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MANAGED DEVELOPMENT, GROWTH & GREEN SPACES

Lakeway has evolved from a primarily retirement-based community to a more diverse demographic with significant growth in population, traffic and businesses, especially in the last two decades. Some of us have been residents from the beginning, but a large portion of residents chose to move here for the abundance of natural beauty, green spaces, and laidback community.  It is important to manage the growth of the city to ensure that Lakeway does not lose its character and continues to provide the lifestyle that attracted us.

 

The comprehensive plan adopted by Lakeway in 2003 has served as the guide for development policy. This plan was meant to guide the city for the next 15 to 20 years. Now, the city is currently in the process of adopting a new comprehensive plan. Decisions made today will have a long-lasting impact on the character of the city, so it is imperative that we collect data, ask and answer the necessary questions, and analyze any consequences to arrive at the correct decisions.

 

Current issues include:

  • Lakeway Municipal Utility Development (“MUD”) owned land that is not necessarily needed by MUD (e.g. the lot behind H-E-B) worth increasingly high values. Developers are interested in some of these land parcels, but will only purchase them if the city will zone it in a certain class to enable the developers to build desired property on that land. Municipal Utility District. Developers will only buy MUD property if city will zone it certain way for development. If the city does not wish to sell such land parcels, it can purchase the land from MUD, at which point payment will be in the form of taxes on residents and business owners. There are conflicting desires to develop the property or preserve green space, but as the land continues to sit, the price continues to increase.

  • Development in areas neighboring Lakeway that provide alternative services and for Lakeway citizens but do not result in monetary gain for Lakeway or its citizens.

  • Increased traffic flow on the primary arterial road for the city, RR620, from increased population in the city and surrounding developments.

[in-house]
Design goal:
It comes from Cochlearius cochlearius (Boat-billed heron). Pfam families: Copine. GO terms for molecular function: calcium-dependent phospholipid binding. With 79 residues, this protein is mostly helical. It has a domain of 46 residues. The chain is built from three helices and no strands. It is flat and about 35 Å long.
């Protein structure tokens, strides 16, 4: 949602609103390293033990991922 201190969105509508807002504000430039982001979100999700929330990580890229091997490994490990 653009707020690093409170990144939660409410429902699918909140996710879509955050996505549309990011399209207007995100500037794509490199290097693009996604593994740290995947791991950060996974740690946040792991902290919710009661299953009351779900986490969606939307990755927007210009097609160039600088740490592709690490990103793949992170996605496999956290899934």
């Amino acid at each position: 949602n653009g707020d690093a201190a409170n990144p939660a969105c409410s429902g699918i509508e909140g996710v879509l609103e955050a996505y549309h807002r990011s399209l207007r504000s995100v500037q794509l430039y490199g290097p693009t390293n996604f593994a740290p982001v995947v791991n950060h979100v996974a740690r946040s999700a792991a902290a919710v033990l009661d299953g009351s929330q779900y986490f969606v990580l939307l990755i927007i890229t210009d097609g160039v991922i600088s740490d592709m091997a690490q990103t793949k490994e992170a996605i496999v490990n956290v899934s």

In a growing city, property taxes are at the forefront of everyone’s minds and make the lion’s share of city’s revenue. The other major revenue source are sales taxes generated from businesses. Increased population requires increased revenue and as these businesses grow, the increased property tax burden on individual residents can be reduced. Balanced growth is key.

 

The city has limited resources available to stop a property owner from making use of or developing their property as they deem fit, so long as the development is in line with the current zoning laws and building ordinances and does not interfere with neighbors' enjoyment of their properties. However, the city is nothing more than the collective will of the citizens. Thus, all development should be in line with what the citizenry wants. This can sometimes lead to a delicate balancing act when collective interests of the community are not aligned with an individual or a particular segment of the population.

 

If an owner of the property wants to develop property within current rules and regulations, the owner should be free to do so. Rules, regulations, and zoning laws are generally set up to reflect the desires of the community as to the character of the development.  If a developer desires to combine parcels and/or there are parcels involved where the city may have influence upon, or the developer asks for zoning changes and variances, the decision by the city should be guided by the city’s comprehensive plan. At the end of the day, the city should benefit, not suffer, from any developments. Developers should be required to meet the timing and quality control obligations enforced by their contracts with the city.

 

I am not in favor of any development that is not in line with our comprehensive plan, unless the benefits enjoyed by the city would far outweigh the cost of changing regulations. Again, community input is key.

 

I am an engineer, lawyer and a very logical person who analyzes the data before coming to a decision. I can promise that I will hold myself to a high standard in conducting management of growth. Of course, as I stated earlier, we have a new comprehensive plan in the making that will replace what the city adopted in 2003. Once adopted, that plan will direct my decisions. Even in that endeavor, I will strive to support a comprehensive plan that meets the desires of the community at large.

Do you have thoughts on this issue? I'd love to hear them. Feel free to send me an email at info@kumar2019.com